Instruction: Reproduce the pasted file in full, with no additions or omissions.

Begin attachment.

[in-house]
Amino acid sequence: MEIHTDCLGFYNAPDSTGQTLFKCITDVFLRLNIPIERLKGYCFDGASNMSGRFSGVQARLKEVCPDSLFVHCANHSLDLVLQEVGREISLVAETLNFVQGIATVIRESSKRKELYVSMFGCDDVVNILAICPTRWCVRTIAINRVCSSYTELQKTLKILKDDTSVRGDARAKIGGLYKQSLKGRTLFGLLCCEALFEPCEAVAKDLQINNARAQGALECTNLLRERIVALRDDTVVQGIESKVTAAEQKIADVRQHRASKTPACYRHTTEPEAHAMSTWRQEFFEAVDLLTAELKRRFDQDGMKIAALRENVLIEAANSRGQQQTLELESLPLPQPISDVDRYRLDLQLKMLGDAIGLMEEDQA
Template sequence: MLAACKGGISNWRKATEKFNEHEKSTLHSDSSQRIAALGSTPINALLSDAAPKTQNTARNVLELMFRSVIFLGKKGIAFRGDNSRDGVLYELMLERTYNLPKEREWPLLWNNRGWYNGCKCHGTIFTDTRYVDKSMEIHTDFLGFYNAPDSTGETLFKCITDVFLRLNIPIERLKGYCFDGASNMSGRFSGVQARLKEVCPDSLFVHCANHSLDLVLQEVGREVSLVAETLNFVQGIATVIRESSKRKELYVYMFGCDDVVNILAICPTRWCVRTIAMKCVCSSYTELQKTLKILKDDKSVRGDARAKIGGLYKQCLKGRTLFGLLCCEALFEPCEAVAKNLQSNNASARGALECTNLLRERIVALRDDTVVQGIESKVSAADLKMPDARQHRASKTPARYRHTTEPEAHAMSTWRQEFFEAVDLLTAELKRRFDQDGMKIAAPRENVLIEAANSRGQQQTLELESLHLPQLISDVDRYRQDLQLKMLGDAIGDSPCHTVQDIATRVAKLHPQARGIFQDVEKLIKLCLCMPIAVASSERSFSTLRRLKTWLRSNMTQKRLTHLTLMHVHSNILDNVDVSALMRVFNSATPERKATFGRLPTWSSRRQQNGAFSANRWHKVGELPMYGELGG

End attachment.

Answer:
[in-house]
Amino acid sequence: MEIHTDCLGFYNAPDSTGQTLFKCITDVFLRLNIPIERLKGYCFDGASNMSGRFSGVQARLKEVCPDSLFVHCANHSLDLVLQEVGREISLVAETLNFVQGIATVIRESSKRKELYVSMFGCDDVVNILAICPTRWCVRTIAINRVCSSYTELQKTLKILKDDTSVRGDARAKIGGLYKQSLKGRTLFGLLCCEALFEPCEAVAKDLQINNARAQGALECTNLLRERIVALRDDTVVQGIESKVTAAEQKIADVRQHRASKTPACYRHTTEPEAHAMSTWRQEFFEAVDLLTAELKRRFDQDGMKIAALRENVLIEAANSRGQQQTLELESLPLPQPISDVDRYRLDLQLKMLGDAIGLMEEDQA
Template sequence: MLAACKGGISNWRKATEKFNEHEKSTLHSDSSQRIAALGSTPINALLSDAAPKTQNTARNVLELMFRSVIFLGKKGIAFRGDNSRDGVLYELMLERTYNLPKEREWPLLWNNRGWYNGCKCHGTIFTDTRYVDKSMEIHTDFLGFYNAPDSTGETLFKCITDVFLRLNIPIERLKGYCFDGASNMSGRFSGVQARLKEVCPDSLFVHCANHSLDLVLQEVGREVSLVAETLNFVQGIATVIRESSKRKELYVYMFGCDDVVNILAICPTRWCVRTIAMKCVCSSYTELQKTLKILKDDKSVRGDARAKIGGLYKQCLKGRTLFGLLCCEALFEPCEAVAKNLQSNNASARGALECTNLLRERIVALRDDTVVQGIESKVSAADLKMPDARQHRASKTPARYRHTTEPEAHAMSTWRQEFFEAVDLLTAELKRRFDQDGMKIAAPRENVLIEAANSRGQQQTLELESLHLPQLISDVDRYRQDLQLKMLGDAIGDSPCHTVQDIATRVAKLHPQARGIFQDVEKLIKLCLCMPIAVASSERSFSTLRRLKTWLRSNMTQKRLTHLTLMHVHSNILDNVDVSALMRVFNSATPERKATFGRLPTWSSRRQQNGAFSANRWHKVGELPMYGELGG